Sushi, Musubi

Mix up a batch of gluten free sushi rice, and you are ready to make a Hawai’ian specialty called “musubi.” In Hawai’i Musubi is often topped with Spam, but no matter, it is a great method of making a sandwich-like concoction that is perfectly sized for lunch. This recipe is presented here by Gf-Zing!, celebrating flavor and excitement in the gluten free world.

You will need a plastic musubi mold or a Spam can to make this recipe. You are going to make a sort of brick of seasoned rice wrapped in seaweed, with fillings in the middle. Spam musubi would have the Spam on the top, rather than in the middle, but that is no matter.

You can cook sushi rice on top of the stove or in your rice cooker. Use about 2 to 1 ratio of water to dry, medium grain Japanese or sushi rice (Kokuho Rose or Nishiki are two common brands.)

Rinse 2 units of rice well. Cook it in 4 units of water, or use the sushi rice line on your rice cooker insert to measure the water. Turn on the cooker and wait until it is done.

When it is just finished cooking, place the rice in a large bowl. Have ready some gluten free seasoned rice vinegar, a rice paddle, and a piece of paper or a small hand-held fan.

While fanning the rice with one hand, stir the rice (using the rice paddle) with the other hand. Sprinkle a bit of seasoned rice vinegar on the rice and continue stirring and fanning. Continue to do this, adding more seasoned rice vinegar, until the rice has a pleasant sweet-sour-salty taste and has gotten cool. The rice is ready. For two cups of dry rice (5-6 cups cooked), you would use about 7 tablespoons or so of the vinegar.

Cut a piece of sushi nori (that is a dark sheet of edible seaweed that looks like shiny green-black paper) to fit the bottom and up the sides of the musubi mold. It should extend out the top of the mold on both long edges by an inch and a half. Typically, this requires half a sheet of sushi nori. Keeping the edges of sushi nori going up the sides of the mold, put some of the prepared rice in the bottom, on top of the nori. On top of this, you can add small amounts of any of the following fillings, as you like:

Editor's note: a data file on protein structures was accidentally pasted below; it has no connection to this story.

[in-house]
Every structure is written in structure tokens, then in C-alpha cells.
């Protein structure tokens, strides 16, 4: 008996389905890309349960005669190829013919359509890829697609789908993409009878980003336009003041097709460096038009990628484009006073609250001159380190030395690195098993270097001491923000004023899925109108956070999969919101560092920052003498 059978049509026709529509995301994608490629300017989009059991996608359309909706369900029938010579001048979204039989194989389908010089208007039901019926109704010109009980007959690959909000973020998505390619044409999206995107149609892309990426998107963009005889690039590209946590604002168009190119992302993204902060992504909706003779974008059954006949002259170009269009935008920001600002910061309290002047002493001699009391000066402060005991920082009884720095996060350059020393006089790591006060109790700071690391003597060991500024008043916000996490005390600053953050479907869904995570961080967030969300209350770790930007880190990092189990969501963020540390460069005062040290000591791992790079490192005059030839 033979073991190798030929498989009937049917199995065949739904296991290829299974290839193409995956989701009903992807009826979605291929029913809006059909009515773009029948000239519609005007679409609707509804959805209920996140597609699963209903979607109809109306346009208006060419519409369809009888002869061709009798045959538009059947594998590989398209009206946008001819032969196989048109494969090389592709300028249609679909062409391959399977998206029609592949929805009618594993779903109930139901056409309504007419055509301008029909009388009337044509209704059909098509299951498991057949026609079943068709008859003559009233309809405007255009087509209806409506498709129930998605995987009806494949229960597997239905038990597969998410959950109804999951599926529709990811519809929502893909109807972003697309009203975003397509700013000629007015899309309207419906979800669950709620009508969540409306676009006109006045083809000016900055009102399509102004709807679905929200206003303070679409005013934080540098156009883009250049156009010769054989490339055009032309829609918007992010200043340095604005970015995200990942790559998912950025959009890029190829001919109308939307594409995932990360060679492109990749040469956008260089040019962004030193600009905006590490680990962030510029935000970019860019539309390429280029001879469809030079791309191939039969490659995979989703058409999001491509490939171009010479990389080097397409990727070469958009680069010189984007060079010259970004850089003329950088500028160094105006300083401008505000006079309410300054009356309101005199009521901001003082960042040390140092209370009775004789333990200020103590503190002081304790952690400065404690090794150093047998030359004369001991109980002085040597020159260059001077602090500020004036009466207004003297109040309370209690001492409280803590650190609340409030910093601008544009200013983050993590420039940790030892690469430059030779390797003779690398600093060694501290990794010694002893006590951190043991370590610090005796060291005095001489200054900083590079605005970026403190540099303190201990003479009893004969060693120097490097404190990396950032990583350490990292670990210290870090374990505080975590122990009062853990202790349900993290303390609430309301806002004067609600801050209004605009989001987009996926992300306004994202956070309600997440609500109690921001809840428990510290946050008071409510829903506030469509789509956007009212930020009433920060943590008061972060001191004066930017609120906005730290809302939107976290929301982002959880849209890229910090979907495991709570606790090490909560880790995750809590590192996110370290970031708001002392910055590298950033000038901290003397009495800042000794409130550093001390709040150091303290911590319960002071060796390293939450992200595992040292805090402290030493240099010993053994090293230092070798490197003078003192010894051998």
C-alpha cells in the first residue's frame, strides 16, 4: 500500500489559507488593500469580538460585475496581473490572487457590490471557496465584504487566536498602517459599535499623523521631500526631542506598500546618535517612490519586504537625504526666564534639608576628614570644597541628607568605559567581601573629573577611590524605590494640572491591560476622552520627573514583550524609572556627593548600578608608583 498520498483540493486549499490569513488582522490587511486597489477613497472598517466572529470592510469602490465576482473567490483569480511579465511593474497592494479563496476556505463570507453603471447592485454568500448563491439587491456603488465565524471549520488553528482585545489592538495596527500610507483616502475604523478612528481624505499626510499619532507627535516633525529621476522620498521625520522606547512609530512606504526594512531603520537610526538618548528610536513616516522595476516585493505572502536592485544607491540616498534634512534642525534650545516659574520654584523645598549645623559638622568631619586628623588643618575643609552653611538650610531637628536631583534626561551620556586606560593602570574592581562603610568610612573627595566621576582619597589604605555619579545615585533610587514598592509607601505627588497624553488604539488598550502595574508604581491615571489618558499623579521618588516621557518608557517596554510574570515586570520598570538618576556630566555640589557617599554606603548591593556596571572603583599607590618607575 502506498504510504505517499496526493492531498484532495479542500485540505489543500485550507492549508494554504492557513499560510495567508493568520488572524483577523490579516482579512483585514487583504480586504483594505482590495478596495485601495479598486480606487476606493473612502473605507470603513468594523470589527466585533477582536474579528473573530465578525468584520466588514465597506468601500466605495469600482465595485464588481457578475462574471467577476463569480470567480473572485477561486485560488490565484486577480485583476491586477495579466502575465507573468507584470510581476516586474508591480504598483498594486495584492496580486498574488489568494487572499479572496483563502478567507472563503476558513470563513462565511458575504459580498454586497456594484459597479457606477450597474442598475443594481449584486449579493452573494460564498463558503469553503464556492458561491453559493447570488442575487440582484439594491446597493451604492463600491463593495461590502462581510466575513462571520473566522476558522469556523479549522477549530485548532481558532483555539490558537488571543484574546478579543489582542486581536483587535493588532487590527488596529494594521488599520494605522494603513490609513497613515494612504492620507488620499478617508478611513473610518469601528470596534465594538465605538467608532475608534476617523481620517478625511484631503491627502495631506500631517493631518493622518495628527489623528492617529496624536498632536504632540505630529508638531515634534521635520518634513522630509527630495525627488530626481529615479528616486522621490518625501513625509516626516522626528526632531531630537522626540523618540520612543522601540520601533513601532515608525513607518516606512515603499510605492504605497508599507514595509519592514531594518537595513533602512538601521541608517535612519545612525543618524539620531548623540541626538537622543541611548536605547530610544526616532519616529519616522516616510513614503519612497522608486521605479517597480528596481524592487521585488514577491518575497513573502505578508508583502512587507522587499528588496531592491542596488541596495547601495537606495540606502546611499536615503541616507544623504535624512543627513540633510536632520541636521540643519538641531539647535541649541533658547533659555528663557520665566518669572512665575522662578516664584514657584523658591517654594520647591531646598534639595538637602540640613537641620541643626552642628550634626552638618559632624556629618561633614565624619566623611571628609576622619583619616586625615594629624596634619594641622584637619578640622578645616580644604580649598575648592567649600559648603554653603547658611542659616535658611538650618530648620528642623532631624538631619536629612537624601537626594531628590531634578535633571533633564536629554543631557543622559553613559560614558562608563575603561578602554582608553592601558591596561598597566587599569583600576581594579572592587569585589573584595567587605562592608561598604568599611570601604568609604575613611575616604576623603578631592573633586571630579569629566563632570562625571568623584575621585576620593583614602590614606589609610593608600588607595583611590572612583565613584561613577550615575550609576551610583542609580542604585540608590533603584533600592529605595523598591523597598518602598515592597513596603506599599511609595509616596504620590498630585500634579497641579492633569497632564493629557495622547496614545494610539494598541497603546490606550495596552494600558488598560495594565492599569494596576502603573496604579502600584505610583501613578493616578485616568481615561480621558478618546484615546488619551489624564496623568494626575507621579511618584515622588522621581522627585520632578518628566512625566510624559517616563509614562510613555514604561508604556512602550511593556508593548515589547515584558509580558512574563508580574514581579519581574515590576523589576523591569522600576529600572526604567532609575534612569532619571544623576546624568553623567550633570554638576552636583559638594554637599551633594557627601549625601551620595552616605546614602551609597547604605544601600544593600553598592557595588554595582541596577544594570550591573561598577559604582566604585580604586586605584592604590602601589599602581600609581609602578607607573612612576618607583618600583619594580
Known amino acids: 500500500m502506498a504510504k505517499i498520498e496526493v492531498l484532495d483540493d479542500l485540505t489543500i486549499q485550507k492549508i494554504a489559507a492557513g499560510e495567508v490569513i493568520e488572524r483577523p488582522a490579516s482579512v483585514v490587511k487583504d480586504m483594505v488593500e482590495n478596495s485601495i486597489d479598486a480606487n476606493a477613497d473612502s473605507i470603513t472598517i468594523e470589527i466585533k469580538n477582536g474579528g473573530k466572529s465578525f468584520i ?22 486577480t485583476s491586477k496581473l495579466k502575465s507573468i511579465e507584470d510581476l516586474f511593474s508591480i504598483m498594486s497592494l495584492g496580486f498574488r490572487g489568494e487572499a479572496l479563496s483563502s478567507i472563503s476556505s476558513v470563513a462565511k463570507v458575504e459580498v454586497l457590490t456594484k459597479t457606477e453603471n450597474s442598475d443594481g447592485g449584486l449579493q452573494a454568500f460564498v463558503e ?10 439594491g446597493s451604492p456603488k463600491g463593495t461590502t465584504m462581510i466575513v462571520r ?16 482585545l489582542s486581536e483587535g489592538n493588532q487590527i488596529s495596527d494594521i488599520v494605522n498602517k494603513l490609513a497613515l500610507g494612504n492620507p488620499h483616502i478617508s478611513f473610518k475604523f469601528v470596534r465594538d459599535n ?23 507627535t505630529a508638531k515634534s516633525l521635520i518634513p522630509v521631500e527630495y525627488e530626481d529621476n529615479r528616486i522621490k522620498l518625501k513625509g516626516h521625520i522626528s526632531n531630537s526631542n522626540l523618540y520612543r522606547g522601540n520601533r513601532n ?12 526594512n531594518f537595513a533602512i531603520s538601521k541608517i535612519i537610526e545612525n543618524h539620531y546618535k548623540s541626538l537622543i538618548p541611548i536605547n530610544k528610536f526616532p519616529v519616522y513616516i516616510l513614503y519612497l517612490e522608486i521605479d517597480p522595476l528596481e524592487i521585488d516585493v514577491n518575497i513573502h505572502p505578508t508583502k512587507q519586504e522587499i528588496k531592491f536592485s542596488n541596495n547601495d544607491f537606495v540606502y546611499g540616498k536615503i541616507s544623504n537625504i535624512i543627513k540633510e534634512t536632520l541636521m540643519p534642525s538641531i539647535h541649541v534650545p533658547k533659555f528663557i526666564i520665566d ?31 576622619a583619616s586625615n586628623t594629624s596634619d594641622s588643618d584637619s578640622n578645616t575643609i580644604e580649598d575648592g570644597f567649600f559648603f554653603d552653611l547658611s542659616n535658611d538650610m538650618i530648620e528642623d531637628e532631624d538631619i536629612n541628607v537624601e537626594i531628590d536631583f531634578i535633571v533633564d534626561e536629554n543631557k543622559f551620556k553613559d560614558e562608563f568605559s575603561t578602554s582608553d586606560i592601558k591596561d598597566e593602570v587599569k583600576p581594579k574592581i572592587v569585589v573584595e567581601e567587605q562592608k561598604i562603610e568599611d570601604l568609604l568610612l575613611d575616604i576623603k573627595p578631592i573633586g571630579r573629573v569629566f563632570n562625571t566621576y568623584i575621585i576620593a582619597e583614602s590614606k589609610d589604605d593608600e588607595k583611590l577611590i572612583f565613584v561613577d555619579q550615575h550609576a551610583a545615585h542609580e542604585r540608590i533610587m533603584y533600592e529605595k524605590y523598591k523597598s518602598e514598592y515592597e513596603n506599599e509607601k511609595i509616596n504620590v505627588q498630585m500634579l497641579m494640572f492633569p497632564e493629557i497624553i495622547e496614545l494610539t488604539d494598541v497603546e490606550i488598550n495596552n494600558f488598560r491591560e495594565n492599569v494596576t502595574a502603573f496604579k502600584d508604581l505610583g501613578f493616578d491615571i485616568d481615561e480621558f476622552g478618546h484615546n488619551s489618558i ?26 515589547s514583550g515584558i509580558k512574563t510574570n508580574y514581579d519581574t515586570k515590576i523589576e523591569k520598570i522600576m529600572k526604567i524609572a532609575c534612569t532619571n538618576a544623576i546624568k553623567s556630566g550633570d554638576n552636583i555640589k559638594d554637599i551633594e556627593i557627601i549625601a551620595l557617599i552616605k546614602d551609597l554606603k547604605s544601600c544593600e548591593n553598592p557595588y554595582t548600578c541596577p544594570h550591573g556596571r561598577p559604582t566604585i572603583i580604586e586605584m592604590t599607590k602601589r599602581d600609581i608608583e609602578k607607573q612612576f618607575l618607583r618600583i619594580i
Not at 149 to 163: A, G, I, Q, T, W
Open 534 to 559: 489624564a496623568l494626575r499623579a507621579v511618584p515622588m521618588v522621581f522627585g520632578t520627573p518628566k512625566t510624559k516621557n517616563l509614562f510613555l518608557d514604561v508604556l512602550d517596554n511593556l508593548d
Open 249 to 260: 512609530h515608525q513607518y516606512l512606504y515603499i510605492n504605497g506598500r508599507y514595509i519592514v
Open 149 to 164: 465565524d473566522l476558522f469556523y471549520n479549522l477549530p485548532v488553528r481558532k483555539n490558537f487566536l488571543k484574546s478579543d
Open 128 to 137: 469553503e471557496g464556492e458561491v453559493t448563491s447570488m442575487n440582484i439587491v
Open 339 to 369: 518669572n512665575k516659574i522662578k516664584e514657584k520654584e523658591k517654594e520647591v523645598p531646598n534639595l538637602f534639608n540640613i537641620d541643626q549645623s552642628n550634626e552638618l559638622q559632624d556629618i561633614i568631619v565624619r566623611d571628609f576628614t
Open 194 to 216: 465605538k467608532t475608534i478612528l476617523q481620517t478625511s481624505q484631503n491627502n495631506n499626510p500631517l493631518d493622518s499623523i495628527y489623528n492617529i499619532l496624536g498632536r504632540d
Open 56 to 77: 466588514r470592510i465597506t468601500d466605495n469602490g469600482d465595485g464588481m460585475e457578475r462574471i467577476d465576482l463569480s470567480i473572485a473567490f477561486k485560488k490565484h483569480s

Cooked fish or shellfish
avocado slices coated in lemon juice (so they don’t get brown)
slivered cooked carrots
gluten free smoked fish
cucumber slivers
Japanese seasoning peppers (gluten free)
gluten free ham, sliced very thin

Fill the rest of the mold up to the top with seasoned rice. Press down on the rice with your rice paddle firmly. Fold the ends of the nori down over the top, then use the presser that comes with the mold to tightly compress the entire thing by pressing down on the top of the folded nori. You will have a dense brick of rice and pretty colored foods all contained in a portable form. Wrap this brick in tin foil (aluminum foil) and you have a nice complete lunch. Depending on the ingredients you used for filling, you may not need to refrigerate this musubi, making it very convenient for camping or work places without refrigeration.

Important Notes: Unfortunately, currently the gluten free community must avoid wasabi paste, which often contains wheat. Soy sauce also often contains wheat, so read labels before trying to dip your musubi in soy sauce. Be careful also to make sure that the seasoned rice vinegar is gluten free. Some are not. Also, imitation seafood products are often made with wheat and should be avoided.

A picture of spam musubi (with the spam on top) is available at the following page:
Wikipedia article

Always use gluten free ingredients.

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